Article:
To be clear, with all of this, I’m not talking about the 74 year old fitness trainer, nor the formerly morbidly obese individual who made major life changes to attain a much healthier composition (one that may only be considered “impressive” when compared to images of their former self). Nor am I talking about trainers who are looking to corner very fringe niches of the PT client base. All of these represent far less frequent cases in the big picture, and do not comprise the majority of the fitness industry’s professionals. My thoughts toward such cases can be saved for another article. For now, these folks remain notwithstanding.
The mania that’s infested the fitness lifestyle culture toward making training about what makes you “happy”, developing long term habits via little changes, not punishing yourself for not sticking to the plan, or feeling empowered by what you choose to do definitely started in a good place – but it’s unfortunately become good advice that has been taken far out of context by too many people, to ultimately promote an ideology of true fitness and health that may be a touch too flexible. Instead of promoting self-awareness, it’s made many justify and rationalize a lack of true motivation to work toward fitness goals, whatever they may be – which generally involves getting out of one’s comfort zone.
I digress. It shouldn’t be a stretch to expect a fitness trainer to be in above average overall fitness compared to a run-of-the-mill client who hasn’t yet adopted a fitness-based lifestyle. Included in that by default will be that trainer’s physical appearance. Fitness experts everywhere have been determined to debunk this mindset that permeates the general public, but I’ll be one to voice the following: Maybe, within reason, the public isn’t entirely off base. And maybe a modest physique or body comp as a paid fitness expert can even serve as a silent motivator for clients who do struggle in the departments I listed above. All I’m saying is, there could be a good side to the seemingly pernicious idea of ‘looking the part’.
And for the record, I didn’t show that client my abs. And she didn’t end up training with me.
Alphabet Soup: The Credential Chase
If you thought a client thinking of a coach’s capability strictly based on their physique was narrow minded, it’s now time to examine the other side of the coin. The one that represents the clientele who won’t pay for anything with anyone without confirming a fitness professional’s certification, university degrees, or college diplomas.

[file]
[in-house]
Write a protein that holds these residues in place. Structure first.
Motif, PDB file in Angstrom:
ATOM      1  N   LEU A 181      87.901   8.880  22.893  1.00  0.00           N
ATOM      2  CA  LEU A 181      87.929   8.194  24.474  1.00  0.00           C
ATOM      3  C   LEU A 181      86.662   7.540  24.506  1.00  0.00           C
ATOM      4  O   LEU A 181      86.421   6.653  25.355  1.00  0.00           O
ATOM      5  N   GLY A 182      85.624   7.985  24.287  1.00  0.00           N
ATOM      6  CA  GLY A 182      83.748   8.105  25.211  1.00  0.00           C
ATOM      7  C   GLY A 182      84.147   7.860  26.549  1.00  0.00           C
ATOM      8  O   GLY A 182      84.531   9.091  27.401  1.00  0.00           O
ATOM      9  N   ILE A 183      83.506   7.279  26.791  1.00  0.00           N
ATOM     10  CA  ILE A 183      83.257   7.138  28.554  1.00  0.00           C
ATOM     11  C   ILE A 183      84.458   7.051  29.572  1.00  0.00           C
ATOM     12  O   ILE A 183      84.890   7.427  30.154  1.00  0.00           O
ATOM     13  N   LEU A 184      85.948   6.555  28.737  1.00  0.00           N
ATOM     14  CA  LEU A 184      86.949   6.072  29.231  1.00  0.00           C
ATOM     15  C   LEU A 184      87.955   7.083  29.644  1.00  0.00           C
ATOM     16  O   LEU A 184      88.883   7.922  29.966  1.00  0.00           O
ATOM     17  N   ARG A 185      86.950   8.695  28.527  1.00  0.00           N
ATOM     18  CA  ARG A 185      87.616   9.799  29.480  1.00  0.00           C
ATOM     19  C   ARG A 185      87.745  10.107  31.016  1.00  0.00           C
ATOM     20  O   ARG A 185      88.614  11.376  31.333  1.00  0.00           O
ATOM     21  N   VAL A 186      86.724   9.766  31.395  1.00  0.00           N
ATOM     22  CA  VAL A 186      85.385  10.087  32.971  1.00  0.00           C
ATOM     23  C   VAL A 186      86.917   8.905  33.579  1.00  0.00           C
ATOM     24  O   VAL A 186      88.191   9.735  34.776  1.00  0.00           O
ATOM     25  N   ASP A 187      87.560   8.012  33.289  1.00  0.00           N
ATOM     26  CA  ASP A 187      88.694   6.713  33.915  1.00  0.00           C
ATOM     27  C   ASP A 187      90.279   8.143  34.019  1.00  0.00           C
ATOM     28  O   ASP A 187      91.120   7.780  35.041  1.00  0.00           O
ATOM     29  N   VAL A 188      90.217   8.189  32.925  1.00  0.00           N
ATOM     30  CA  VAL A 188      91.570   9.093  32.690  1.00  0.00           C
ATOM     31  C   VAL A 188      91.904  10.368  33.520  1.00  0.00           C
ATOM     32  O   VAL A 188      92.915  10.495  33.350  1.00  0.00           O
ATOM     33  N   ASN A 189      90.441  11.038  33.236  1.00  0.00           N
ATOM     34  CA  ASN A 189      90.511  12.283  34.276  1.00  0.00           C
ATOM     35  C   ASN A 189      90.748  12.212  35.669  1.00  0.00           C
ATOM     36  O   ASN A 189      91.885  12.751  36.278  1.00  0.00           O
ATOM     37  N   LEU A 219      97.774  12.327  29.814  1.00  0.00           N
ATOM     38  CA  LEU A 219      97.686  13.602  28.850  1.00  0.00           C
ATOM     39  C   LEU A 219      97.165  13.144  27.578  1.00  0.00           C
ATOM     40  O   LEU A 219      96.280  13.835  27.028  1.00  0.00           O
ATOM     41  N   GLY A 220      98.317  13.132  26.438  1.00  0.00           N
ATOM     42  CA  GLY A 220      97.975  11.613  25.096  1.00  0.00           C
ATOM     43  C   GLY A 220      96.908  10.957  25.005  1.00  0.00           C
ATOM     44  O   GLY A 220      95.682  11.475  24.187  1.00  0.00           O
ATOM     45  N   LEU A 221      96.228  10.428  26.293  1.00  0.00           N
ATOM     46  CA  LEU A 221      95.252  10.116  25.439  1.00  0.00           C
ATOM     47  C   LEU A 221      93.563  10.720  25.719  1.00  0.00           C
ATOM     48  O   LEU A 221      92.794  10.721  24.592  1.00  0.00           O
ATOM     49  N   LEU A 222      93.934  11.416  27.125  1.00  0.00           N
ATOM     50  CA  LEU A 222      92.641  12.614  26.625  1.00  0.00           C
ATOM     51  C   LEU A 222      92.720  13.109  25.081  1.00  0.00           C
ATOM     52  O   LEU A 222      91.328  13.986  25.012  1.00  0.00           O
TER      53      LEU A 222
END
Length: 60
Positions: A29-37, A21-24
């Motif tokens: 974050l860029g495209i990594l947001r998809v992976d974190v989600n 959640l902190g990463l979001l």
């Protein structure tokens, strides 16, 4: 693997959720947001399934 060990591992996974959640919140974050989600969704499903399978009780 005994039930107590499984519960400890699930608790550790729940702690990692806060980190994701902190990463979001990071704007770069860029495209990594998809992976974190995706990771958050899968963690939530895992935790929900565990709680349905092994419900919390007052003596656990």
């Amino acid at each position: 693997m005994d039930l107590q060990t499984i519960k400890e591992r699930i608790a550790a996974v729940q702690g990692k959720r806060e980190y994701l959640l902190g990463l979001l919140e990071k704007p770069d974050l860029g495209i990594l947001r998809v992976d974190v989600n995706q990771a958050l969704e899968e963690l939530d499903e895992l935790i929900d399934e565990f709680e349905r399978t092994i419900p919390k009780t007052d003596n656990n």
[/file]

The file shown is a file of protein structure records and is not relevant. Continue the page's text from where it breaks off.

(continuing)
Education in this industry is important, and it’s the root requirement for catalyzing positive change, but, there’s a but.
When a client, or even another trainer, acts like having a degree in exercise science or kinesiology is an instant rite of passage to being “good” at this craft, it holds everyone back from approaching this with the right mindset. Unfortunately, there are clients who would trust a young university graduate with 3 months experience as a trainer and zero accomplishments more than a 20 year trainer with a list of industry accolades, who only has high school on paper. In my eyes, something’s wrong with that.
Here’s one truth: While I was studying in university, I found little of the content directly applicable to what I do today. Anatomy, some physiology, a few practicum courses for fitness assessment and training, and biomechanics was basically the extent of it.
I teach college students now, and I’m in close contact with people who hire young trainers for work in their facilities. Despite their schooling, many of these prospective trainers have difficulty answering basic questions about the way the muscles of the body work – on the most simplistic level possible (kind of like asking a dental hygiene student to locate the incisors or molars). A pretend-client case study is often approached with nearly clinic-level ambivalence, which is probably well intended, but can be counterproductive at the same time.
In 14 years in the industry, I’ve found that the problem above isn’t that of not receiving the knowledge. It’s about receiving the knowledge in a way that sticks. This industry clearly shows that formal, school-based education is absolutely not the best or most ideal form of information delivery for everyone who wants to belong to it. I’m sure that rings true for other industries also, but this industry is especially unique in its hands-on, practical edge.